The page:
A new website hopes to map Louisiana’s past, providing a digital point of access to the stores of history that can seem to exist beneath every building.
Susan Fregeau moved to Louisiana from Westmont, a suburb of Chicago, Ill. in June 2014. Even since she moved in, Fregeau has noticed the town changing.
“The downtown has lost a lot of businesses, and it made me very sad. And I was thinking, how could we bring our town back? I started thinking about it as I would a business, because I do business consulting.”
The town, in Fregeau’s estimation, had two key assets. The first is the river, but while construction continues on the new Champ Clark Bridge, trailers and construction equipment are parked on the riverfront. The second is the history of a town now more than 200 years old.
“This was one of the things that I thought would help to maybe bring tourism to the town,” Fregeau said. “This town is great,. We’ve got so much history, and we don’t want to see it go away. So we’re trying to revitalize.”
The foundation of the website project was the work of Betty Allen, who Fregeau described as an “unofficial town historian,” who had collected huge amounts of information about the town and the stories it contained.
The information was voluminous, but not especially accessible, and when Allen had a stroke at the end of May 2018, it became even more important to make her work broadly available.
A website, built up through the work of Susan Fregeau, her daughter Melissa Fregeau and Kathy Smith, with the go-ahead of the Louisiana Historical Preservation Society, suggested itself as a solution to the problem.
Further plans for the project include the installation of QR codes on historical buildings, which visitors will be able to scan in order to pull up the building’s history on the website. She hopes to have the codes up by the time the inaugural “Ribs on the River” barbecue competition draws visitors to town this summer.
Susan Fregeau also hopes to add Louisiana’s information to a National Geographic website which would allow users to take self-guided tours and launch an email newsletter, highlighting a piece of history each month for subscribers.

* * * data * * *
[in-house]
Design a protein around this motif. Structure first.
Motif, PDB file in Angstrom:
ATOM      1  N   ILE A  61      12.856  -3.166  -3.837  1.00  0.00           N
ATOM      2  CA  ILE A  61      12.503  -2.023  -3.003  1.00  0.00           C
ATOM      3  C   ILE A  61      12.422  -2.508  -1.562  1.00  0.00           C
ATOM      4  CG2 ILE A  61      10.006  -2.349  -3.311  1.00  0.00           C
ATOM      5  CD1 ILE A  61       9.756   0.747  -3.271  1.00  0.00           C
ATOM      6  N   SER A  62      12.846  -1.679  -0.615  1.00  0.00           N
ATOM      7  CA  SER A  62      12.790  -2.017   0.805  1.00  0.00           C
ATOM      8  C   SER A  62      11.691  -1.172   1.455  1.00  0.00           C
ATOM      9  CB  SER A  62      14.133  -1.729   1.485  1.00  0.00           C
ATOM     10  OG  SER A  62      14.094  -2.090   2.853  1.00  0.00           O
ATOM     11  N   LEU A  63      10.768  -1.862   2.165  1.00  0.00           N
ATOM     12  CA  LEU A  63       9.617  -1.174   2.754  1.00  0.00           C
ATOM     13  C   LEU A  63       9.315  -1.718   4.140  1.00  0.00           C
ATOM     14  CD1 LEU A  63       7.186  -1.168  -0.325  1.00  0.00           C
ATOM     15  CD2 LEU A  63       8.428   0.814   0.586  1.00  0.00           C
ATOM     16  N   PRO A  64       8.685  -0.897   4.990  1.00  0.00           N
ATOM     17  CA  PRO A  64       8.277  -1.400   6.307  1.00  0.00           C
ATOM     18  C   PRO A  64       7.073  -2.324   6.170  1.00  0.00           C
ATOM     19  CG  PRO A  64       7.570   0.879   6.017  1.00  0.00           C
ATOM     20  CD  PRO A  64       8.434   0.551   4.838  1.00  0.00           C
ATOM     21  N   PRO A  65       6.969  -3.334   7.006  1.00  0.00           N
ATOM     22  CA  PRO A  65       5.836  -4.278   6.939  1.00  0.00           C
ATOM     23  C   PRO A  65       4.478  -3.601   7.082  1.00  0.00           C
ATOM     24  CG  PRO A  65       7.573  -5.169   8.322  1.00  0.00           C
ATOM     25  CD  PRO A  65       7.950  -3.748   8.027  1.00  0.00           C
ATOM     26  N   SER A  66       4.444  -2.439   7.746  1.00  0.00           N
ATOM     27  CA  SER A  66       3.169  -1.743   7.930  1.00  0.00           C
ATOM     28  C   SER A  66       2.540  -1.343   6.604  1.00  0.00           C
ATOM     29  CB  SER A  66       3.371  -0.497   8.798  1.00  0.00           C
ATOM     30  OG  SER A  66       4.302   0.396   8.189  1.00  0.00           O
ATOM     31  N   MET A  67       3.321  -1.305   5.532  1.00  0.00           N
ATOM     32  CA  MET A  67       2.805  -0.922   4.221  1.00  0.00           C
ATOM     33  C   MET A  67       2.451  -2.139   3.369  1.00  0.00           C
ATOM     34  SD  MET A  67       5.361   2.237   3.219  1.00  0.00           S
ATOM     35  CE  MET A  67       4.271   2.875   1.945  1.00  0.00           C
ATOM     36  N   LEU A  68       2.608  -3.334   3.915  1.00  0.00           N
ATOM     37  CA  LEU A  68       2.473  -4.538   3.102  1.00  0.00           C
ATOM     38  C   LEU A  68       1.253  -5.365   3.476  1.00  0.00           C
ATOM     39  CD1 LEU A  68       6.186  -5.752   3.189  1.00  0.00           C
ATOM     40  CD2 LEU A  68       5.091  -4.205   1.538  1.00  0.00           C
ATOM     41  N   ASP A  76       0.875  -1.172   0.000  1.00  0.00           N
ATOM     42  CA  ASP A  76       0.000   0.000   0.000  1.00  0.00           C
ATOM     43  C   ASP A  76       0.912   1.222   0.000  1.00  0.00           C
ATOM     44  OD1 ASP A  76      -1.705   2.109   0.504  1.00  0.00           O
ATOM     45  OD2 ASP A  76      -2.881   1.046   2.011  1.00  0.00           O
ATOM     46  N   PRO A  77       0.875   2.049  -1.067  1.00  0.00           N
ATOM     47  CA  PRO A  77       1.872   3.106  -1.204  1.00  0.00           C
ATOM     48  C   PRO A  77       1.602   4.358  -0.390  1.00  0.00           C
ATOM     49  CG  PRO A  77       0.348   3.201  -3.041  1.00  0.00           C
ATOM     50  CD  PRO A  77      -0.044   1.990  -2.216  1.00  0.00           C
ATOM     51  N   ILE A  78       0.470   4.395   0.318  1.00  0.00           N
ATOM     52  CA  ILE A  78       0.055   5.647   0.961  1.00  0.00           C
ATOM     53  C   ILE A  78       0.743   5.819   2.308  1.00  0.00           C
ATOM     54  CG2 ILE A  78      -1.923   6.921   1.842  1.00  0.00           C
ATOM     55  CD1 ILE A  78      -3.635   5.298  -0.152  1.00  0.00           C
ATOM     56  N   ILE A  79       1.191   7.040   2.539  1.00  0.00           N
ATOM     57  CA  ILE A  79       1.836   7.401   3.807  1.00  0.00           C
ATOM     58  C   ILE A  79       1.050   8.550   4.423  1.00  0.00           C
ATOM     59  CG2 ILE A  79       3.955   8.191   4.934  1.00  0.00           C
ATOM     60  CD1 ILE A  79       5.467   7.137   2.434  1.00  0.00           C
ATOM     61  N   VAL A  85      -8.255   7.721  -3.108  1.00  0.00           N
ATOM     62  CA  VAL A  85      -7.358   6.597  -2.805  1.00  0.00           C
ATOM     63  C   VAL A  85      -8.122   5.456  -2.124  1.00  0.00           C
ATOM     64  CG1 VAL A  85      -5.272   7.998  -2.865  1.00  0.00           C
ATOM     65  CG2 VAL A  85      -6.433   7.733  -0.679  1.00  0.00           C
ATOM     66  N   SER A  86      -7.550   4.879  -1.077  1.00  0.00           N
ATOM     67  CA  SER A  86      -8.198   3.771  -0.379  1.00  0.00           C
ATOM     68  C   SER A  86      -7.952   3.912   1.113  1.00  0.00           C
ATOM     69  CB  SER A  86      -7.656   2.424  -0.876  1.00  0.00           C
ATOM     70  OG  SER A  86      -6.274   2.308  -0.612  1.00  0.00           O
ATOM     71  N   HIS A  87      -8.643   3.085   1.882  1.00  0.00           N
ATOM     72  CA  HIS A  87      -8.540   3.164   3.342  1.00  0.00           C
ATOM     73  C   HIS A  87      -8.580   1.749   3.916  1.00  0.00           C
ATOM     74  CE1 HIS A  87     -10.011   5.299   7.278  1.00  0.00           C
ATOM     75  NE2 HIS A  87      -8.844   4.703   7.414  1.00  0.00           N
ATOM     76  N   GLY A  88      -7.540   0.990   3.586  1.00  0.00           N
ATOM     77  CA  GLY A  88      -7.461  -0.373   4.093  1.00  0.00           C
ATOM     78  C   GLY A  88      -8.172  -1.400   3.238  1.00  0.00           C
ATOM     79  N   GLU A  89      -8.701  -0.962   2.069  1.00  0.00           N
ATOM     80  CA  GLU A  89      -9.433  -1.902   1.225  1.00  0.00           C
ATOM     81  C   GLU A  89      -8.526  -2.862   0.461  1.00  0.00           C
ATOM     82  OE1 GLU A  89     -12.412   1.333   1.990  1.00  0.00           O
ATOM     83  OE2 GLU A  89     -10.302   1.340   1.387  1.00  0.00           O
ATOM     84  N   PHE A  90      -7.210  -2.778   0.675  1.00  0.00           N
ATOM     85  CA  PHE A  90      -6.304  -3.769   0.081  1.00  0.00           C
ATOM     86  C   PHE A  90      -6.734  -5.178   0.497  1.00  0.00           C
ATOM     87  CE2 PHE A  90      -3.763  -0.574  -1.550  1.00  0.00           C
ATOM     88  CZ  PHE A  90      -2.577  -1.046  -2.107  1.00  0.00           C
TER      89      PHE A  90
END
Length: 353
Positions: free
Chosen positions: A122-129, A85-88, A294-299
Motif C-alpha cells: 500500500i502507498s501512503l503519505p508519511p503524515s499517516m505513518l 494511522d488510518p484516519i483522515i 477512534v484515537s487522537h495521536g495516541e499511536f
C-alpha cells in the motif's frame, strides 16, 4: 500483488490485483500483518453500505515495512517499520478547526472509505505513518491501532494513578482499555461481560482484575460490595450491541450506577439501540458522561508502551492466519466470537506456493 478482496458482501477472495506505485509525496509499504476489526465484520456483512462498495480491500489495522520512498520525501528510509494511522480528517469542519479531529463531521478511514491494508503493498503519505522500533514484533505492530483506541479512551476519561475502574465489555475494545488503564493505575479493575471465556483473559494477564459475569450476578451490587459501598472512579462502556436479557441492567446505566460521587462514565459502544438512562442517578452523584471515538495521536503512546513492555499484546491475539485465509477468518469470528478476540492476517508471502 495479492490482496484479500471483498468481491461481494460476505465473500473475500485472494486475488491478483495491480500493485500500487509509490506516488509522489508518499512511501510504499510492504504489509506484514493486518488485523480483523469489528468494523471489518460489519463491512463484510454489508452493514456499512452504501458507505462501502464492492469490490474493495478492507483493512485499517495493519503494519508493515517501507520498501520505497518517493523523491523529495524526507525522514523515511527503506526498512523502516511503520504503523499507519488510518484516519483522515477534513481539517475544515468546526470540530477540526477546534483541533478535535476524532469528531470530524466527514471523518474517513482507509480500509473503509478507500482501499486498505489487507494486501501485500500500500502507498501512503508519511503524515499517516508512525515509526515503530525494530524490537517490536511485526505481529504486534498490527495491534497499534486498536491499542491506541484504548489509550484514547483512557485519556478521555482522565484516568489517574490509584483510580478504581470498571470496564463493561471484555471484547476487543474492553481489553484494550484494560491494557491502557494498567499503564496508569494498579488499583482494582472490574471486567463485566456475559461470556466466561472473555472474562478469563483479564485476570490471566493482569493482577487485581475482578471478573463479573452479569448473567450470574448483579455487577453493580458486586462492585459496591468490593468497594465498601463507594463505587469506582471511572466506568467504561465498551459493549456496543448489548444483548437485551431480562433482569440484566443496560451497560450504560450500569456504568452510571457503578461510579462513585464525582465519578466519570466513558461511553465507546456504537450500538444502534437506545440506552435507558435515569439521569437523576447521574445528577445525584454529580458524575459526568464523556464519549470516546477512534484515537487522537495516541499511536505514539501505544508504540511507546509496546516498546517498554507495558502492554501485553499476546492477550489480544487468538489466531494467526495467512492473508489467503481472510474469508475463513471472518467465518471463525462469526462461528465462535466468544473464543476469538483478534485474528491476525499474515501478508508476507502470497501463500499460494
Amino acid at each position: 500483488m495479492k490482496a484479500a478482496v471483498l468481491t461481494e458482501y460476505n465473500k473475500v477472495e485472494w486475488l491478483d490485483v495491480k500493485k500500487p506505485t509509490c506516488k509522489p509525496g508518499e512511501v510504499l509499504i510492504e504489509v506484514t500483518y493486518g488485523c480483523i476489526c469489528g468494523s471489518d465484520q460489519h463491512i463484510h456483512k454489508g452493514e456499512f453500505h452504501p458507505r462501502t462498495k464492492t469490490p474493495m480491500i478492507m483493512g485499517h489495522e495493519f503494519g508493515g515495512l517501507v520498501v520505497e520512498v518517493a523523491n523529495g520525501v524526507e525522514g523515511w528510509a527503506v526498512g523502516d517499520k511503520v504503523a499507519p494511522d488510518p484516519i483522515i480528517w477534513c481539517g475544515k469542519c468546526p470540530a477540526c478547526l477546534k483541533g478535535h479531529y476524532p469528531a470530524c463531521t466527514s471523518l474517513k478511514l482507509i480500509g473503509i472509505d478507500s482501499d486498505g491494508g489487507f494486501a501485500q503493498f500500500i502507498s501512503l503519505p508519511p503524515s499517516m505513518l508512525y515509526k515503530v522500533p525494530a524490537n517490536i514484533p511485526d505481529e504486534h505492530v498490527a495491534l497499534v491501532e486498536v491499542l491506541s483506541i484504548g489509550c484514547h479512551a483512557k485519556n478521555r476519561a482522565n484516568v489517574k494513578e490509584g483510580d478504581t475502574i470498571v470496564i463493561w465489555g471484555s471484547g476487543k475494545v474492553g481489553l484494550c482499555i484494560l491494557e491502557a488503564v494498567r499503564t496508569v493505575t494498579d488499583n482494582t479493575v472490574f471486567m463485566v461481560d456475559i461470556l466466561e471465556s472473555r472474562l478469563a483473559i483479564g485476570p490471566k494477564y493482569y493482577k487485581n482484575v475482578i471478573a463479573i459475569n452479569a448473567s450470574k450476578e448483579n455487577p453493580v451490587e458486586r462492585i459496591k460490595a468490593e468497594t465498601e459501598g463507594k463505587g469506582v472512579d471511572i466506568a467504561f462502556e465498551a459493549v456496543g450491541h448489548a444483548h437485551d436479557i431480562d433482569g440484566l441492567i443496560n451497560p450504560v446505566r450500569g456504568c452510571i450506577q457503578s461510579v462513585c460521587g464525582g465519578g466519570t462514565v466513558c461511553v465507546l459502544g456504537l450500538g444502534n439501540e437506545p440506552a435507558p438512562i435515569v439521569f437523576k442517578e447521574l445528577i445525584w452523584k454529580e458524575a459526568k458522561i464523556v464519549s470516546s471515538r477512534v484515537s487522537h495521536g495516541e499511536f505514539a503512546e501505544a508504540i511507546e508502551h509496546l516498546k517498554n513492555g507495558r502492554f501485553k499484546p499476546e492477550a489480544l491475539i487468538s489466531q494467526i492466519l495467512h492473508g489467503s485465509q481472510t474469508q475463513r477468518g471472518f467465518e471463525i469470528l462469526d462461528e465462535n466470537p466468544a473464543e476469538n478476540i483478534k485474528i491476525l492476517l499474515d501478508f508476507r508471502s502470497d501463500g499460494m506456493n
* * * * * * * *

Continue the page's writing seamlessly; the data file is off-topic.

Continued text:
Those goals sit alongside the continuing project of documenting and publishing the history itself — a process that grows as new people come forward with documents and questions.
“There’s a lot that we haven’t gotten up. This project is going to be continual,” Susan Fregeau said. “I don’t think we’re even an eighth of the way through the information we have, and we keep accidentally getting more, because we’ll go and refer to one thing and find something else.”
“That’s the thing with this project,” Melissa Fregeau said. “There’s so many historic properties in Louisiana that this could go on for a very long time.”
Melissa Fregeau, who has a degree in history from Lewis University in Romeoville, Ill., worked on the project over the summer with funding from the LHPS and had planned to return to work when she was called away by an offer to work as a graduate assistant with archival materials at the university.
A single address listed on the website contains the stories of several lifetimes. Both Fregeaus, for instance, pointed to the stories touched on by the website’s page on the Edward G. McQuie home at 405 N. Third St.
The website documents the reported eccentricities of its builder, Edward Goode McQuie. It documents the career of his daughter, Mary Francis “Fannie” McQuie, who Union officers accused of passing information to confederates during the Civil War. As one officer in a position of authority in Louisiana wrote about Fannie McQuie and other Confederates who “crossed the line”:
“While humanity is certainly commendable in some cases, it is a question how far there courtesies ought to be extended to the most inveterate rebels, male and female, in the rebel army, who have been protected here in the enjoyment of all the rights and privileges due to loyal citizens, and they have repaid it by constant abuse of Union citizens.”
And it documents the life of his son, who attempted to kill his wife and then killed himself with a pistol in the fall of 1881.
Many of the features on the site still need to be completed, but at least some information on dozens and dozens of addresses, with scans of historical documents and photographs, can be found at historic-la-mo.com.